A positive development for the solar power industry in South Africa | Infrastructure news

Electricity Minister Kgosientsho Ramokgopa has announced his department’s intention to expand and prolong the rooftop solar incentive program. This extended initiative will encompass equipment such as inverters and batteries as integral components.

During a recent media briefing on the status of the Energy Action Plan, Minister Ramokgopa credited the improved performance of Eskom‘s grid to a combination of factors. A significant decrease in electricity demand emerged as a key contributor to this enhanced grid performance.

The minister highlighted the substantial role played by the widespread adoption of rooftop solar by South African residents. The total installed rooftop solar capacity in the country has surged to approximately 4,500MW, nearly doubling from June 2022. Ramokgopa emphasized the significance of rooftop solar generation, describing it as a pivotal aspect of the nation’s energy landscape. He affirmed that the decline in electricity demand, partially attributed to rooftop solar, aligns with their goals and encourages this trend.

Minister Ramokgopa is committed to promoting more rooftop solar adoption in South Africa, advocating for the extension and expansion of the existing tax incentive, which came into effect this year. He stressed that this incentive should not be limited solely to solar PV panels and that broadening its scope to include batteries and inverters would significantly bolster its impact.

Furthermore, the minister’s department is advocating for the introduction of a new financing mechanism that would make it accessible to low-income households. Ramokgopa acknowledged an unintended consequence of the current incentive, which primarily benefits middle- to high-income households, creating an imbalance that they aim to rectify.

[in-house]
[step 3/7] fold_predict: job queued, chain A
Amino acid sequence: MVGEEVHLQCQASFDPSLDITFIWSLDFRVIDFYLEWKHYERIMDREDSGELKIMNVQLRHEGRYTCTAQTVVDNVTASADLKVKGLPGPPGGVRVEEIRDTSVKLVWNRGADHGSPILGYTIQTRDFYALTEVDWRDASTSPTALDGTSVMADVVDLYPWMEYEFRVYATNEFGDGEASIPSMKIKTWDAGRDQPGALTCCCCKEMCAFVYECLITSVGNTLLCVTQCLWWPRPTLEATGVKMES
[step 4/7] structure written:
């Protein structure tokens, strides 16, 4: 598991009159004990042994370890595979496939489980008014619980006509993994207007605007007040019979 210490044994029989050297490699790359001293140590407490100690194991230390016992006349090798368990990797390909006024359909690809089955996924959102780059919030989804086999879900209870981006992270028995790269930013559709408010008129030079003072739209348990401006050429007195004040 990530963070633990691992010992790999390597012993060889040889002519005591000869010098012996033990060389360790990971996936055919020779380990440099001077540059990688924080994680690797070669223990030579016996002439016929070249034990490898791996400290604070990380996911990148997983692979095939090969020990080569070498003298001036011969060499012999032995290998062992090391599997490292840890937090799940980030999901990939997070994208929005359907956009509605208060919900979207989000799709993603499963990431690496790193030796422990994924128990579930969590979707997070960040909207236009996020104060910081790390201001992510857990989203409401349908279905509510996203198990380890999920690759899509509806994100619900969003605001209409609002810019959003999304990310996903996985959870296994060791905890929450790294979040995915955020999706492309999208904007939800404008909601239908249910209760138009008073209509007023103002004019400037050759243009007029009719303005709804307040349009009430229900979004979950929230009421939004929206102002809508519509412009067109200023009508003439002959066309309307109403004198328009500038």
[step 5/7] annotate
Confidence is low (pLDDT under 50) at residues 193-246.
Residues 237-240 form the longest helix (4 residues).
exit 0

These additional or extended incentives will complement forthcoming feed-in tariffs, further incentivizing solar adoption, as excess electricity generation will translate into income. The ultimate goal, as Minister Ramokgopa underlined, is to continually increase the rooftop solar capacity.

However, it is important to note that while the extension of tax incentives to inverters and batteries is a positive development for those interested in solar power, the government is unlikely to incentivize these components independently. The National Treasury has made it clear that tax incentives are intended to stimulate new electricity generation.

In the past, the inclusion of inverters and batteries was dismissed because these components do not generate electricity on their own. Research indicates that inverters and batteries, without the solar component, can actually have a detrimental impact on the energy grid, undermining the objectives of load shedding as a means of grid protection.

A study conducted by the University of Stellenbosch revealed that a non-solar inverter and battery setup can increase peak power demand, particularly when these units come online after load shedding to recharge. This places added strain on the grid, as it has to cope with the regular post-load shedding demand alongside the increased demand from these units. The research indicated that such installations, unconnected to or charged by solar, negate up to 85% of the load shedding impact.

Eskom has also acknowledged this issue and encouraged non-solar inverter and battery users to delay recharging their units for a few hours after load shedding concludes.

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